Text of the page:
What I Want You to Know is a series of reader submissions. It is an attempt to allow people to tell their personal stories, in the hopes of bringing greater compassion to the unique issues each of us face. If you would like to submit a story to this series, click here. Today’s post is by an anonymous reader. Photobucket I want you to know that I resent you mothers. Not particular mothers (I love many mothers I know dearly), but the corporate entity as a whole, and not for the reason you are probably assuming. I don’t struggle with infertility (at least not to my knowledge, being an unmarried conservative Christian I’ve never tried). I used to work for an adoption agency, and have half a plan of someday adopting children one way or the other. Regardless of all this, I actually have quite an interest in prenatal and maternal health. I’m an LSW who interned at a mother infant home, volunteered at a reproductive health clinic overseas, and did research in graduate school on topics like attachment, in-vitro fertilization, grief, and the psychological effects institutionalization has on adoptive children. I tell you all of this so that you don’t think my resentment comes from a lingering desire to be you, or distaste or misunderstanding of your vocation. I resent you because we are so similar in some ways yet different in others, and because society creates this supportive sphere for you. In daily life, people understand you, respect you, aspire to be you, give you leeway. Communities, mommy-blogs, play-dates, magazines, television shows- there is an entire culture, built by you and for you, respecting and supporting you. I am a caregiver. I know it’s not a direct correlation, and I’d be offended if someone likened my parent with mild dementia to your toddler. She is an adult, and deserves to be treated as such. She is less dependent on me than your toddler as well, and I realize I have more freedom probably than you do. Still….. In some ways we are very similar. I have to be careful what is left around the house, throwing away old food and keeping an eye on dog treats. I have to care for someone while sick, while trying not to get them sick, unless someone takes pity on me, and does the care for me. (I am blessed to have the help of my brother in this.) I leave work early for doctor’s appointments and caregiver absences, carry a medical history in my head, administer medications, try to guess at feelings, gauge whether clothing is appropriate for the weather or not, run out the door late because of getting two of us ready, get followed around the house while attempting to clean, balance housework with quality time, awaken in the middle of the night, carry on bifurcated telephone conversations, and answer immediate demands. Like you, my social life has to bend around my responsibilities, Friday nights out have been usurped by bathroom cleaning, and friends have become distanced. Like you, i wouldn’t trade my responsibility, love my loved one, and see this new mission of mine as an enormous blessing. Unlike you, though, i don’t have supportive "mommy-blog" rings of people normalizing the experience. Instead, i get offered support groups, as if there is something inherently maladaptive about my lifestyle. I don’t get many play dates, I sometimes get to gauge who is okay with us as we are and who i need to extricate from our company. People don’t seem to often try to convince you to put your children in a home, or lecture you about how they fear you’re sacrificing your life and happiness to care for your daughter. When your child is in the hospital, you don’t usually have to worry about him being sedated with contraindicated, potentially dangerous anti-psychotics because he is "out of control", even after you were told that the ability to contact you would be noted in the chart. You don’t usually have to listen to people express their opinion that people with the same condition as this beautiful life occupying a giant space in your heart are "better off" when they die, or are no longer themselves. You don’t have to bite your tongue in such situations, wanting to yell and swear at these people, wanting them to see how beautiful life is, how much your loved one is still your loved one, and wishing they would understand that the simple pleasure of a baseball game on a sunny day is a simple pleasure one can still understand even when they forget which teams are playing. I want you to know that I resent you because society looks at your child, even a sick child as a precious life. Sometimes it looks at our parents as a tragedy, a terrible disease, a burden, problem to be hidden away conveniently out of sight.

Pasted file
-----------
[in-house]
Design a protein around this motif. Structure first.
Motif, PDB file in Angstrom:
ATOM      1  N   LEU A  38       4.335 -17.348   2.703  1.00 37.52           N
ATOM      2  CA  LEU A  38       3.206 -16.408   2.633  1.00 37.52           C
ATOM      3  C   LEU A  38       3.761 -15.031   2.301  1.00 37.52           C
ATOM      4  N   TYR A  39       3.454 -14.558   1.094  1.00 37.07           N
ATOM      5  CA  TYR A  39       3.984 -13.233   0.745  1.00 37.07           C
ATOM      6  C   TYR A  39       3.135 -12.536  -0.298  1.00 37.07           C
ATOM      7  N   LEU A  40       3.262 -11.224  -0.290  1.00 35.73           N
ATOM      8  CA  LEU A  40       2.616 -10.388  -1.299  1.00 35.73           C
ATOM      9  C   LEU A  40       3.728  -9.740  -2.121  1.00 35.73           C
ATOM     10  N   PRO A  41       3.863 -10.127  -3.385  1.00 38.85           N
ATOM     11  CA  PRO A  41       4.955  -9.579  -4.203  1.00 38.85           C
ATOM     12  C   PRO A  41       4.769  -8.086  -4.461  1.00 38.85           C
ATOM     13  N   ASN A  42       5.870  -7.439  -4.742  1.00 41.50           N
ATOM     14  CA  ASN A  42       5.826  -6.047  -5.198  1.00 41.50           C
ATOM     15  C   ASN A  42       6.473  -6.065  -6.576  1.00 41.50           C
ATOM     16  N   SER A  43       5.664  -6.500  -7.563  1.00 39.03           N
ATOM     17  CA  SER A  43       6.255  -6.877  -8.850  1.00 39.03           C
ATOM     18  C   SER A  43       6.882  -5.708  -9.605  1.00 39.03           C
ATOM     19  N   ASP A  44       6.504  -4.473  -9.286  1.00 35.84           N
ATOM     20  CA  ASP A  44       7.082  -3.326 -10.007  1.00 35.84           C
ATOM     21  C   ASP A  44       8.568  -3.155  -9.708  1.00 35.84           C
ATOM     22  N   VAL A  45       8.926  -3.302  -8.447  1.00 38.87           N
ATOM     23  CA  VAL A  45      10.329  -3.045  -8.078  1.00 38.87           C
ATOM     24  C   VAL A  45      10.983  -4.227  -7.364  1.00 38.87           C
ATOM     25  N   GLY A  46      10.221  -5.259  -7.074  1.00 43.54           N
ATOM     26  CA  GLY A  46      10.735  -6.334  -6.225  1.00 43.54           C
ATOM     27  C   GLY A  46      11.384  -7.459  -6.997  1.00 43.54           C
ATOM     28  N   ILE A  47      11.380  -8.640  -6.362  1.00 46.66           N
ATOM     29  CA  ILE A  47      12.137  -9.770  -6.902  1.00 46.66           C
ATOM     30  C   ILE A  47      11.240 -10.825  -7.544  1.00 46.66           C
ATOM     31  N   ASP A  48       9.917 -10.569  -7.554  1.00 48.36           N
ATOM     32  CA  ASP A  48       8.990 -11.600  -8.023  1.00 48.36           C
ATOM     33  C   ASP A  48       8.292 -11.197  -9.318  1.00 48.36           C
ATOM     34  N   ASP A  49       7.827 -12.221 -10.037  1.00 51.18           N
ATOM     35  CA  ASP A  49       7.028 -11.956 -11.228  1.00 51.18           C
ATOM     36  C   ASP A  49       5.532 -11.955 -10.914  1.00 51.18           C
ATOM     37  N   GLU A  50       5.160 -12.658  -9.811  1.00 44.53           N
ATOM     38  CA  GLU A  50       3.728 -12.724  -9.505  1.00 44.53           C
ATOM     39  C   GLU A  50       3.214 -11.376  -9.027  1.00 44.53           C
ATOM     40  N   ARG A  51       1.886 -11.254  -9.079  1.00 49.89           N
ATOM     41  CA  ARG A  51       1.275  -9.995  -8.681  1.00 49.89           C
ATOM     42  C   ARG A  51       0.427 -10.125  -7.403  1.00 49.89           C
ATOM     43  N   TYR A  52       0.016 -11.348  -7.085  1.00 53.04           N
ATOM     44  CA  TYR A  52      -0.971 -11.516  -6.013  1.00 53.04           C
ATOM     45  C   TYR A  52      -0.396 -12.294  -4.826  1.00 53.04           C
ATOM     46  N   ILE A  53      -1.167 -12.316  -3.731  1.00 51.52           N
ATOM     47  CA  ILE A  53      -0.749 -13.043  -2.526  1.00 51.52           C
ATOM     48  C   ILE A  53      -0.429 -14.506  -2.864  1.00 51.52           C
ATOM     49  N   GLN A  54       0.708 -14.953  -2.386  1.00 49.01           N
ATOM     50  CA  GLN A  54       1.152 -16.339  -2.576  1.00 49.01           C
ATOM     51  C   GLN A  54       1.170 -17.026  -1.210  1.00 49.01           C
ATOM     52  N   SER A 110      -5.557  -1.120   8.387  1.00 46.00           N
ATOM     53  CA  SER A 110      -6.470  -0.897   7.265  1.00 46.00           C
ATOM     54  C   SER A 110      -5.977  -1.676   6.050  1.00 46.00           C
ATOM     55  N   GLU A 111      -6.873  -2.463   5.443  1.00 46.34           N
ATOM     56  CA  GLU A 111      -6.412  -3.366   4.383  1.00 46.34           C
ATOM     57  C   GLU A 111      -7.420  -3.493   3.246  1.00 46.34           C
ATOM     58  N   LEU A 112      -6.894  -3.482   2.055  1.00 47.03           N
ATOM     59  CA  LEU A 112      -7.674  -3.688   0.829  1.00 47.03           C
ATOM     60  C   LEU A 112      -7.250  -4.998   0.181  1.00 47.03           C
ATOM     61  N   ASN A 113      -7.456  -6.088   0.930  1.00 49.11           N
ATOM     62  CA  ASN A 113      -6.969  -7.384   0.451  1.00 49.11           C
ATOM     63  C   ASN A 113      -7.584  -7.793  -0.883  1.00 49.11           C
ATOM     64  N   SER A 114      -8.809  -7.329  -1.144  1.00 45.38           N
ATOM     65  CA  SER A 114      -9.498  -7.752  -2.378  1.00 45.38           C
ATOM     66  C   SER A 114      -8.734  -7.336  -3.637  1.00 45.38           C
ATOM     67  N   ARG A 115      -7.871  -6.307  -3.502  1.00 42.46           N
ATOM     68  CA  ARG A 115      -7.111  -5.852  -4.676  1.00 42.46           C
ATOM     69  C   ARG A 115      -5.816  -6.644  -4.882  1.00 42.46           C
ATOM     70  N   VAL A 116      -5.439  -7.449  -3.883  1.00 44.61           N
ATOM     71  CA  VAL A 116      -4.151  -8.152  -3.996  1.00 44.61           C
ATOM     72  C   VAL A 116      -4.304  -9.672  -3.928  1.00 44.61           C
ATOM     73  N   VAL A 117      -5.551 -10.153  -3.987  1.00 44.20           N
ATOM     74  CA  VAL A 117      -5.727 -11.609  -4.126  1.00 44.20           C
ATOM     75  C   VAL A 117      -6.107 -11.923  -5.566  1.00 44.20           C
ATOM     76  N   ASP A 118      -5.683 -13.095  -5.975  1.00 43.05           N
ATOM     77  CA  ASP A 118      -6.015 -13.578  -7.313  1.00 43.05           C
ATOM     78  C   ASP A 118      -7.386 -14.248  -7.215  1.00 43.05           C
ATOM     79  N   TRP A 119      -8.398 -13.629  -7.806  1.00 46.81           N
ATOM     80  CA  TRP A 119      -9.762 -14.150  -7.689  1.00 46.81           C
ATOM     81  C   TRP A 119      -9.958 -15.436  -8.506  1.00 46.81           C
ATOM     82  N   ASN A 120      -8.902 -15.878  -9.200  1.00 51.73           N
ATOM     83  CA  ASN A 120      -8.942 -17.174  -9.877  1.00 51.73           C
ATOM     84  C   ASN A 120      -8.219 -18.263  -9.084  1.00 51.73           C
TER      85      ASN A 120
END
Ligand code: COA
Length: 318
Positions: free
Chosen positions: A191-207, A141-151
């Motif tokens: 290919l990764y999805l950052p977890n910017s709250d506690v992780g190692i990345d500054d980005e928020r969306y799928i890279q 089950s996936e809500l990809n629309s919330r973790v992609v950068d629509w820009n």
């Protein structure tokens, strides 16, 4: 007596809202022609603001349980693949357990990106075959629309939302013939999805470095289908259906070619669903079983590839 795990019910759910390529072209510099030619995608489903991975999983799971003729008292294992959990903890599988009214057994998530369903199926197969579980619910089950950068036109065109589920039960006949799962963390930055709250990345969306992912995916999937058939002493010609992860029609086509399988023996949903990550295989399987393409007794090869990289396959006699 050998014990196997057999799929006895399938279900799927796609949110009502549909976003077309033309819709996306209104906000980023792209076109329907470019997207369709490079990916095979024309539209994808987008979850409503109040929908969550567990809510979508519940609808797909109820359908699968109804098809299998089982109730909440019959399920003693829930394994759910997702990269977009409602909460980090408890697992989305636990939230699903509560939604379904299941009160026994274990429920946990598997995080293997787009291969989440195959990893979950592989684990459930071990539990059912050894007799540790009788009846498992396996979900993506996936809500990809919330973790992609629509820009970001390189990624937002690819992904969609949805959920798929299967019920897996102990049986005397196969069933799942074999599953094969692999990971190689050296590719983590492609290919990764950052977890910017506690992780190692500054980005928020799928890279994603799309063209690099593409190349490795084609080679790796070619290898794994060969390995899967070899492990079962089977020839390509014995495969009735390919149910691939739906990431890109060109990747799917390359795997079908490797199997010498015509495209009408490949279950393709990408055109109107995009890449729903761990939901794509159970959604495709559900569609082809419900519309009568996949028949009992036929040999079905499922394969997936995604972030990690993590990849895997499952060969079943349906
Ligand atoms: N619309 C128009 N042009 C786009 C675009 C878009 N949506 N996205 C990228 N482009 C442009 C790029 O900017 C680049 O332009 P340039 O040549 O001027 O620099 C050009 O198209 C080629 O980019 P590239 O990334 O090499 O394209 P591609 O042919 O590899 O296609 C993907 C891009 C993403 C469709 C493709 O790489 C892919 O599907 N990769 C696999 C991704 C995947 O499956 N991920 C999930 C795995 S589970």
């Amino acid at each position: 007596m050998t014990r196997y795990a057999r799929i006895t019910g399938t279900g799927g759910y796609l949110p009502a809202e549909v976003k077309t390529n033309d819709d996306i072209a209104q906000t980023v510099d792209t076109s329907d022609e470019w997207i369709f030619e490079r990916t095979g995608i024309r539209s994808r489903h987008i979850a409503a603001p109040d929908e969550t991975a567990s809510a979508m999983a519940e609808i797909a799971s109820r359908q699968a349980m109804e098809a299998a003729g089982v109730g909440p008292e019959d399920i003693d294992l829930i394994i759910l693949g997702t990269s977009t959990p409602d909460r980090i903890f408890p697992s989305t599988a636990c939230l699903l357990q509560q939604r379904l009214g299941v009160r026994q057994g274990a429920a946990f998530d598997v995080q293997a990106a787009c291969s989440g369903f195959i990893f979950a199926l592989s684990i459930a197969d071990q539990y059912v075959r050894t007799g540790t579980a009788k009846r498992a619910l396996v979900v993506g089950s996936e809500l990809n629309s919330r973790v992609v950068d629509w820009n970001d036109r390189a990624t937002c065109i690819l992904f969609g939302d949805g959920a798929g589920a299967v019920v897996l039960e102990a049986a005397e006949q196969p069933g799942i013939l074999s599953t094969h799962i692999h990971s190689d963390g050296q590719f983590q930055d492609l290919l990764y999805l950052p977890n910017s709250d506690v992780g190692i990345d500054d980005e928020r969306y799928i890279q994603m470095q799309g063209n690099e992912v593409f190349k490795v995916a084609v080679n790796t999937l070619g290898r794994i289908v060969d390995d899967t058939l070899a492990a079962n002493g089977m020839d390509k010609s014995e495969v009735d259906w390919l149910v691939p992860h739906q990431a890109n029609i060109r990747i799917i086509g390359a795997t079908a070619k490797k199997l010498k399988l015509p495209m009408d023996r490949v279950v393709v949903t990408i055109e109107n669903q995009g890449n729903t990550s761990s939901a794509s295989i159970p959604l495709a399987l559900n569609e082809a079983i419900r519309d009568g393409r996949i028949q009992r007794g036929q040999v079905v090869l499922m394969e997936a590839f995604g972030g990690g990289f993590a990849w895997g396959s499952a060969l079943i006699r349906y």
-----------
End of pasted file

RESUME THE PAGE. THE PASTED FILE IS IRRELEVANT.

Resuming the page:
I resent you because it seems people don’t believe I can live in both worlds. I want you to know I hate it when people assume that because I am an almost 32 year-old single woman I have all the time, freedom, relaxation, and money in the world. I want you to know that telling a caregiver how much her life will change when she becomes a mother, implying that she should enjoy the freedom she has now to exercise or work two jobs, that life will change when someone else depends on her, is obnoxious. i want you to understand this middle sphere i occupy, neither young and free nor filling the traditional wife and mother role. i want you to know that none of this is absolute, and i realize this, that you do get some of the stigma and problems i’m describing and i don’t necessarily receive all of them (thank God!!). i want you to know that i just want some of the acceptance and understanding you seem to receive. That i want your happy blogs full of anecdotes and laughter, and not the support forum i once tried joining full of complaints and bile. I know resenting you for this is like being angry with the child who has 20/20 vision. It isn’t your fault, and it isn’t right of me to envy. For this, i apologize. Thank you for listening, though.